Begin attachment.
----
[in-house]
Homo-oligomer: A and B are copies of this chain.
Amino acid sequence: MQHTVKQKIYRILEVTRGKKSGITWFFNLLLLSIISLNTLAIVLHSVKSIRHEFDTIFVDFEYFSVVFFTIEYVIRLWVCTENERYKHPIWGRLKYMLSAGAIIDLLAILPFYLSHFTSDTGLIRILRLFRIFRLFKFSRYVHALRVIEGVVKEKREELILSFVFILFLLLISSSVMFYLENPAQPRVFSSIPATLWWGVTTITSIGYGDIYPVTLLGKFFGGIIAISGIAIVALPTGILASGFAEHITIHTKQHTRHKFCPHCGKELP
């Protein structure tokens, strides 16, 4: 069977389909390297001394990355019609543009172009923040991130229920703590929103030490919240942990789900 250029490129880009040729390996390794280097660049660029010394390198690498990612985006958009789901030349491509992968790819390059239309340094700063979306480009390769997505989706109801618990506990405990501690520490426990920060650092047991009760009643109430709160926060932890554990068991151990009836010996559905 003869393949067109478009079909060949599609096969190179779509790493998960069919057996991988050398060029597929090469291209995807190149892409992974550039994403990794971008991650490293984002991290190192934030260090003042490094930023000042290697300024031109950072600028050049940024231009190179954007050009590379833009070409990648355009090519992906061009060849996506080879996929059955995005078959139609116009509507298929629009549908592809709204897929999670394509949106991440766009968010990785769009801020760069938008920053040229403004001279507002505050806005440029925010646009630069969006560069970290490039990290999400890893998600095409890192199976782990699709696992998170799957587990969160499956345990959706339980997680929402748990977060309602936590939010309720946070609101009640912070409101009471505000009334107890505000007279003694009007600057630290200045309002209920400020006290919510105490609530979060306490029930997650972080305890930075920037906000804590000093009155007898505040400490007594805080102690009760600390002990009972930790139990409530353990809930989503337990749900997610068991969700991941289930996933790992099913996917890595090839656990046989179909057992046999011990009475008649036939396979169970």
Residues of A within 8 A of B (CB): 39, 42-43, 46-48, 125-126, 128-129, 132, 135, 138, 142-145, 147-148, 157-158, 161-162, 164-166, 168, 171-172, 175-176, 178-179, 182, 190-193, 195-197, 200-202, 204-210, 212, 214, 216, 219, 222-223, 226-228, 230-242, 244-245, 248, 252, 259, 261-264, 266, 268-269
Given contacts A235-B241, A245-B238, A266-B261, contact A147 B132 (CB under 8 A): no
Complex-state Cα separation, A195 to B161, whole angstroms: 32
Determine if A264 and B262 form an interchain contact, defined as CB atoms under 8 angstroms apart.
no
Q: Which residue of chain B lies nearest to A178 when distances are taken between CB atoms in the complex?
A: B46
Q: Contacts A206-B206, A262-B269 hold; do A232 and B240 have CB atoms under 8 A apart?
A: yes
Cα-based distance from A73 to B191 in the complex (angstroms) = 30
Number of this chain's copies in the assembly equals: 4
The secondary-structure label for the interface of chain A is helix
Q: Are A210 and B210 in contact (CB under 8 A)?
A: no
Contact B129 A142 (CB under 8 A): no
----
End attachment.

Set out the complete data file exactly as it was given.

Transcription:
[in-house]
Homo-oligomer: A and B are copies of this chain.
Amino acid sequence: MQHTVKQKIYRILEVTRGKKSGITWFFNLLLLSIISLNTLAIVLHSVKSIRHEFDTIFVDFEYFSVVFFTIEYVIRLWVCTENERYKHPIWGRLKYMLSAGAIIDLLAILPFYLSHFTSDTGLIRILRLFRIFRLFKFSRYVHALRVIEGVVKEKREELILSFVFILFLLLISSSVMFYLENPAQPRVFSSIPATLWWGVTTITSIGYGDIYPVTLLGKFFGGIIAISGIAIVALPTGILASGFAEHITIHTKQHTRHKFCPHCGKELP
């Protein structure tokens, strides 16, 4: 069977389909390297001394990355019609543009172009923040991130229920703590929103030490919240942990789900 250029490129880009040729390996390794280097660049660029010394390198690498990612985006958009789901030349491509992968790819390059239309340094700063979306480009390769997505989706109801618990506990405990501690520490426990920060650092047991009760009643109430709160926060932890554990068991151990009836010996559905 003869393949067109478009079909060949599609096969190179779509790493998960069919057996991988050398060029597929090469291209995807190149892409992974550039994403990794971008991650490293984002991290190192934030260090003042490094930023000042290697300024031109950072600028050049940024231009190179954007050009590379833009070409990648355009090519992906061009060849996506080879996929059955995005078959139609116009509507298929629009549908592809709204897929999670394509949106991440766009968010990785769009801020760069938008920053040229403004001279507002505050806005440029925010646009630069969006560069970290490039990290999400890893998600095409890192199976782990699709696992998170799957587990969160499956345990959706339980997680929402748990977060309602936590939010309720946070609101009640912070409101009471505000009334107890505000007279003694009007600057630290200045309002209920400020006290919510105490609530979060306490029930997650972080305890930075920037906000804590000093009155007898505040400490007594805080102690009760600390002990009972930790139990409530353990809930989503337990749900997610068991969700991941289930996933790992099913996917890595090839656990046989179909057992046999011990009475008649036939396979169970």
Residues of A within 8 A of B (CB): 39, 42-43, 46-48, 125-126, 128-129, 132, 135, 138, 142-145, 147-148, 157-158, 161-162, 164-166, 168, 171-172, 175-176, 178-179, 182, 190-193, 195-197, 200-202, 204-210, 212, 214, 216, 219, 222-223, 226-228, 230-242, 244-245, 248, 252, 259, 261-264, 266, 268-269
Given contacts A235-B241, A245-B238, A266-B261, contact A147 B132 (CB under 8 A): no
Complex-state Cα separation, A195 to B161, whole angstroms: 32
Determine if A264 and B262 form an interchain contact, defined as CB atoms under 8 angstroms apart.
no
Q: Which residue of chain B lies nearest to A178 when distances are taken between CB atoms in the complex?
A: B46
Q: Contacts A206-B206, A262-B269 hold; do A232 and B240 have CB atoms under 8 A apart?
A: yes
Cα-based distance from A73 to B191 in the complex (angstroms) = 30
Number of this chain's copies in the assembly equals: 4
The secondary-structure label for the interface of chain A is helix
Q: Are A210 and B210 in contact (CB under 8 A)?
A: no
Contact B129 A142 (CB under 8 A): no